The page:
Album Review: Keyshia Cole, 11:11 Reset

11 11 reset

Keyshia Cole

11:11 Reset (released October 20, 2017)

If anyone needs a reset, it’s my girl Keyshia Cole.

Even if you’ve been a casual observer of R&B for the past decade or so, it’s a safe bet that you know Keyshia’s career arch: A head-turning debut and an even better sophomore release had her name being mentioned in the same breath as Mary J. Blige. But reality TV and personal problems led to some very inconsistent follow-ups, despite the occasional bright spot here and there. These days, her name is more likely to be brought up in Twitter memes than mentioned among the best singers of her generation.

Keyshia’s ready to change to conversation.

11:11 Reset, Keyshia’s seventh solo release, aims to be a new start – she’s on a new label, she’s working with new collaborators, she has a new focus and, honestly, seem to flaunt a newfound confidence too.

That’s pretty apparent in the self-affirmation intro and outro tracks “Cole World.”

…Um… hope she cleared that name with J. Cole first.

Anyway, DJ Khaled (on the former) and Too Short (on the latter) spit platitudes of affirmation, which nicely segues into the album’s first proper track, “Unbothered”: “I’m better than I ever been … I hate it for you haters, cuz I don’t plan on settling.” It’s more than a message for Twitter trolls – it’s a personal mission statement to keep her pushing forward: “I don’t care what you thinkin’/cuz I think I’m flawless.”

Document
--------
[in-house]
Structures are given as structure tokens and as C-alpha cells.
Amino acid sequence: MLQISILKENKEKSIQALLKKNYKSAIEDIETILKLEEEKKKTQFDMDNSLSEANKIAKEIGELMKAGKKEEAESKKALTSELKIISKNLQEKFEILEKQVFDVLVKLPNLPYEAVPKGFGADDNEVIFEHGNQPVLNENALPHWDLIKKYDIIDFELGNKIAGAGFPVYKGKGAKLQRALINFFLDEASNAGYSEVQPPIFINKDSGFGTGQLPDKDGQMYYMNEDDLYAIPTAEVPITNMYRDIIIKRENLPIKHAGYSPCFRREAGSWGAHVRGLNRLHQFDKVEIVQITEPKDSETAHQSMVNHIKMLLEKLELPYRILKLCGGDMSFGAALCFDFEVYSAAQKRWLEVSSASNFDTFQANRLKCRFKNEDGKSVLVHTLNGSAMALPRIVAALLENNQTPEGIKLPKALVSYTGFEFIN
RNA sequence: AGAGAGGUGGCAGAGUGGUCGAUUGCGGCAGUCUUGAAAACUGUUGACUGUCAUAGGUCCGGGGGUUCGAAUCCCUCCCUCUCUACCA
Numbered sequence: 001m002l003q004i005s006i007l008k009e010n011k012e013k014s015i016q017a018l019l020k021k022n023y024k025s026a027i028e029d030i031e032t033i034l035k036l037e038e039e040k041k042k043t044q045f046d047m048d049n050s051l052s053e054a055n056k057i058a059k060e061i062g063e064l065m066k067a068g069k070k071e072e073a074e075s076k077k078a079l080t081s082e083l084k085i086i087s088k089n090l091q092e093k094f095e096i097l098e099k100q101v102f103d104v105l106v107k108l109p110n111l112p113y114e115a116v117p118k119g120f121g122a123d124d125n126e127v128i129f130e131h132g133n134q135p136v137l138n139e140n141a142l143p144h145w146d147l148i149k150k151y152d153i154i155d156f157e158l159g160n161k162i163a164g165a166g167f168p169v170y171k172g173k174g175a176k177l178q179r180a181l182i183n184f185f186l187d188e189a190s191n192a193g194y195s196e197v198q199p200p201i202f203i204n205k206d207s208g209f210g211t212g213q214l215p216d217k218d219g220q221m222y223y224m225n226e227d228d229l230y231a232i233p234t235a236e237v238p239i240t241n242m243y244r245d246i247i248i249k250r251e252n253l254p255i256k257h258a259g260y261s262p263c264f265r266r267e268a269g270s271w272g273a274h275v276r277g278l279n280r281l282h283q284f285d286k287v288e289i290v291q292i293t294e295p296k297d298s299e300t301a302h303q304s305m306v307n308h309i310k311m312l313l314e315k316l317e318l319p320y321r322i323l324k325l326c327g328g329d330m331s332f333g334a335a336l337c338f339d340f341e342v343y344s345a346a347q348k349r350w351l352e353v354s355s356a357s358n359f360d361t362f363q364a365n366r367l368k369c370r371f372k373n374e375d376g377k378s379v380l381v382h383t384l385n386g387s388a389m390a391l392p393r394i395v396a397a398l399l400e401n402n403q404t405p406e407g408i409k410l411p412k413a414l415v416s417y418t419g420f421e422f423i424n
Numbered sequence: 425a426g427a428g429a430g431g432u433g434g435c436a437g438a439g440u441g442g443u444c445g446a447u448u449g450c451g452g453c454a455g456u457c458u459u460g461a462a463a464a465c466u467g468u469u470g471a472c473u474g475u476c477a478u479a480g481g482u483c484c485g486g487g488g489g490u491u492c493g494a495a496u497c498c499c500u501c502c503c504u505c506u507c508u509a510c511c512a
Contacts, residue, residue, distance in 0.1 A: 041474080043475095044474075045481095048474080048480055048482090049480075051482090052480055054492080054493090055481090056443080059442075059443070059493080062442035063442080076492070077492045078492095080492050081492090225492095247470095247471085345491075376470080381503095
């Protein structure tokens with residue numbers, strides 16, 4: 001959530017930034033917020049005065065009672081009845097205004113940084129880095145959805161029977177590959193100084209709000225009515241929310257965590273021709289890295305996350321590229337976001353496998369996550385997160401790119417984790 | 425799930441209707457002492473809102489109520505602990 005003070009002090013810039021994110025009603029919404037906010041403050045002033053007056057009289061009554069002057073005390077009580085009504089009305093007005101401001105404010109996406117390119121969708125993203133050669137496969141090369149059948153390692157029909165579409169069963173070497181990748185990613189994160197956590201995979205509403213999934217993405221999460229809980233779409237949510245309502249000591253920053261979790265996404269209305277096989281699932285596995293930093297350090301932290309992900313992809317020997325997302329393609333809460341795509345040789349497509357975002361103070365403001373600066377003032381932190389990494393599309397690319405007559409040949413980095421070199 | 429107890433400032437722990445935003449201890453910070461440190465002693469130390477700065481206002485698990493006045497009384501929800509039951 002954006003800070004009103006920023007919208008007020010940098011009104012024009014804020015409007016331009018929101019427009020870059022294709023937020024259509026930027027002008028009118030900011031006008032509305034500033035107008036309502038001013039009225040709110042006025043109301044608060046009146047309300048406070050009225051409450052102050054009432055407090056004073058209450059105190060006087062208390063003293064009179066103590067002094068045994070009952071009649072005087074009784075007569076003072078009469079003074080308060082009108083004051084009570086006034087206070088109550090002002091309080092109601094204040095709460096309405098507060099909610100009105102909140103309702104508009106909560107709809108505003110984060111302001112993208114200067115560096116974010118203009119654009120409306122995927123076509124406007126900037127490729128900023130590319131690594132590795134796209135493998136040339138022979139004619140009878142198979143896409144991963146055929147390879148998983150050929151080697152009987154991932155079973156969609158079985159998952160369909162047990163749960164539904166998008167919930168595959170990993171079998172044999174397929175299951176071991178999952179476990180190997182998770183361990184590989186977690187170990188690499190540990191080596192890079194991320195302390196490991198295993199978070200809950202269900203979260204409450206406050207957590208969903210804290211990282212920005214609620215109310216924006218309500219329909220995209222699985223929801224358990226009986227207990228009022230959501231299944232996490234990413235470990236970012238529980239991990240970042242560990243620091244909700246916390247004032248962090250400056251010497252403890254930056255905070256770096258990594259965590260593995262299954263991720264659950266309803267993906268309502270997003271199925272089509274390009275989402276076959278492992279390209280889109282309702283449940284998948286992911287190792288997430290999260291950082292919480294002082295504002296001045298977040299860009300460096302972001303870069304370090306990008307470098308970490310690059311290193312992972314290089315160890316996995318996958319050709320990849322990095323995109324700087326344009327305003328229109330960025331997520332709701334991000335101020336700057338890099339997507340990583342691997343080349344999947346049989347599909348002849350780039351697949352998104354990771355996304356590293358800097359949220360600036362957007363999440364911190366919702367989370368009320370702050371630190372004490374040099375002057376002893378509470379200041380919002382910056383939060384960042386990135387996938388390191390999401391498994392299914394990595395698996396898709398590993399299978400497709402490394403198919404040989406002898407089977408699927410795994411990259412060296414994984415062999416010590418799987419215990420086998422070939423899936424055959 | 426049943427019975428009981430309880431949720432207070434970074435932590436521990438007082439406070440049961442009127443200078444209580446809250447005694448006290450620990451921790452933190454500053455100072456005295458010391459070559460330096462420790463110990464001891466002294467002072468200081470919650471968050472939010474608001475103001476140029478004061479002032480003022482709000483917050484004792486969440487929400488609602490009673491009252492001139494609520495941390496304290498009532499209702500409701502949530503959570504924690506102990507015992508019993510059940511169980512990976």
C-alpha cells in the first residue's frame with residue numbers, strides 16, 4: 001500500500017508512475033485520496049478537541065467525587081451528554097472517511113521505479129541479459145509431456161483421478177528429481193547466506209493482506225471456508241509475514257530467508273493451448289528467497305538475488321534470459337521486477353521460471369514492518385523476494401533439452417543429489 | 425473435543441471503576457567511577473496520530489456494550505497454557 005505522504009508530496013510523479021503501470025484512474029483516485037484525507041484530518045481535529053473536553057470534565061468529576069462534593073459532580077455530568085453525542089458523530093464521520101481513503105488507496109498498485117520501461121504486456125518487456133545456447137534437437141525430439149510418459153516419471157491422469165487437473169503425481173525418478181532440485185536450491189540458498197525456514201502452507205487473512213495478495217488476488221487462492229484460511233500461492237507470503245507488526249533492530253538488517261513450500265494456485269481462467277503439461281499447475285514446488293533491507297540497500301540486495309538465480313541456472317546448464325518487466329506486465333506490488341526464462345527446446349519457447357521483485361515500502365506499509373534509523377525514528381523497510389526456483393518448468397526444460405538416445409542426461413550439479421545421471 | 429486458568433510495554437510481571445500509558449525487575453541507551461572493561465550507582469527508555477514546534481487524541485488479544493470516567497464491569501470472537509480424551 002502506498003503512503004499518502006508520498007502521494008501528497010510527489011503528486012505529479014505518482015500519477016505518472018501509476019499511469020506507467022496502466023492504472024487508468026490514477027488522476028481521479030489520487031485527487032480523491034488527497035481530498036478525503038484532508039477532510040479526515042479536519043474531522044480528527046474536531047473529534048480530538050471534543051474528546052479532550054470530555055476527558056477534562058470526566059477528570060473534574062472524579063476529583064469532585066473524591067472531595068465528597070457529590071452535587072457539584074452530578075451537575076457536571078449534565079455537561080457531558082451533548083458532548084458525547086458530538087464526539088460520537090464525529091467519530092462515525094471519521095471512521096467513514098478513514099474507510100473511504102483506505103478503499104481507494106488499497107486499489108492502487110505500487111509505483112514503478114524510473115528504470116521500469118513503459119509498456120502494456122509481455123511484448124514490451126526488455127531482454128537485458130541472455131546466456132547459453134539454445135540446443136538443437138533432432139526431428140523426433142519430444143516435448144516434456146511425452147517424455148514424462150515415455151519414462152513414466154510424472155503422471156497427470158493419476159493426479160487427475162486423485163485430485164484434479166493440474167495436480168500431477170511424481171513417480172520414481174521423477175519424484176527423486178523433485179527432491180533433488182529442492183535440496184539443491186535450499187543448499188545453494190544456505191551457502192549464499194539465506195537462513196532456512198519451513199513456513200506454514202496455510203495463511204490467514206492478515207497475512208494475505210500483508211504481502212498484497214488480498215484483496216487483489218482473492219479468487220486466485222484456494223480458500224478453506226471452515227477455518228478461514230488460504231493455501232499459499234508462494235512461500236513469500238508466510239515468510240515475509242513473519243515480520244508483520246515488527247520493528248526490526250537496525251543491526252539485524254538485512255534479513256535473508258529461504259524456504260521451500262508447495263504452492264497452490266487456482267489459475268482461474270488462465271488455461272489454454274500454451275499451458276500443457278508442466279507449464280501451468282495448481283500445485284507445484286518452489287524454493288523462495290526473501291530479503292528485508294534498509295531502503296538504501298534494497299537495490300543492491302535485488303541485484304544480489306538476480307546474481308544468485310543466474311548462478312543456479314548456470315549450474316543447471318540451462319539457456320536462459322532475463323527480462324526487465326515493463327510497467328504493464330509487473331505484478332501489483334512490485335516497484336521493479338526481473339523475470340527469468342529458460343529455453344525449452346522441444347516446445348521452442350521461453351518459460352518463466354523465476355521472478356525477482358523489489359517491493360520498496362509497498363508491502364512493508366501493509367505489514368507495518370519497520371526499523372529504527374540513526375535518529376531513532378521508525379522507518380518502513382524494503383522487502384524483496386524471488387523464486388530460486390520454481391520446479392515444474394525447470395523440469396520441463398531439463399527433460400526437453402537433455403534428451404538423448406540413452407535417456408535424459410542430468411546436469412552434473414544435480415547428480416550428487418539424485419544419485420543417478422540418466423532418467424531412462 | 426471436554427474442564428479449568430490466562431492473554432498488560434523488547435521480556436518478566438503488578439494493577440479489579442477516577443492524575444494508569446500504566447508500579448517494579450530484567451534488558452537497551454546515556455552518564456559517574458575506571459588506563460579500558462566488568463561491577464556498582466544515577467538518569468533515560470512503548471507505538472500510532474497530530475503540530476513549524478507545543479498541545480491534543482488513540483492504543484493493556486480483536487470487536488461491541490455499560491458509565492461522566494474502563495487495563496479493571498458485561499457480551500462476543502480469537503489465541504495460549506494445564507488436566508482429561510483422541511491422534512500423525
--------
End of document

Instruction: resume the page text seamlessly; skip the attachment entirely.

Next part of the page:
The singles “You” and “Incapable” are classic Keyshia, and while they don’t reach the heights of more well-known tracks like “Let It Go” and “I Remember,” the spirt is still there. “You” is filled with Keyshia’s trademark barbs – especially when she threatens to “empty out the closet like a full clip,” along with a strong verse from Remy Ma. Even French Montana keeps from embarrassing himself this time around and delivers a couple of quotables (“comin’ with those same lines like Trump’s wife”). Too bad the same can’t be said for Young Thug , who sucks all the fun out of “Act Right” with his aggravating ad-libs.

The entire album isn’t one big draggin’ session, thankfully. The aforementioned “Incapable” is a tender but tough dismissal of a former love. “Vault” takes Keyshia out of her comfort zone a bit – she’s backed by little more than acoustics here, proving you can make an “atmospheric” track without sacrificing vocals.


“Best Friend” exudes with the same emotion that has fueled some of Keyshia’s best work, as well as the track fittingly called, well, “Emotional.” It lives up to its name with heavy percussions driving home the song’s message.

At just 11 tracks – nine if you exclude the intro/outros – there’s not much room for error here. Thankfully, besides the underwhelming 2pac homage “Ride,” which features solid production but little else, 11:11 Reset is a surprisingly consistent listen. There is certainly an air of repetition here – even though I love “Right Time,” it feels like we’ve heard variations of it on every one of her previous albums. Still, it’s a solid return to form for an artist looking to find herself.

Starting back at square one sounds pretty good.

Best tracks: “Incapable,” “Best Friend,” “Right Time”

4 stars out of 5



  1. I don’t like the “You” song. I think because of the others featured in it. Or maybe the beat. I don’t know. But I do know I’m enjoying the rest of it, especially the tracks towards the end of the album.

    I’ve never met an album from her I didn’t like.

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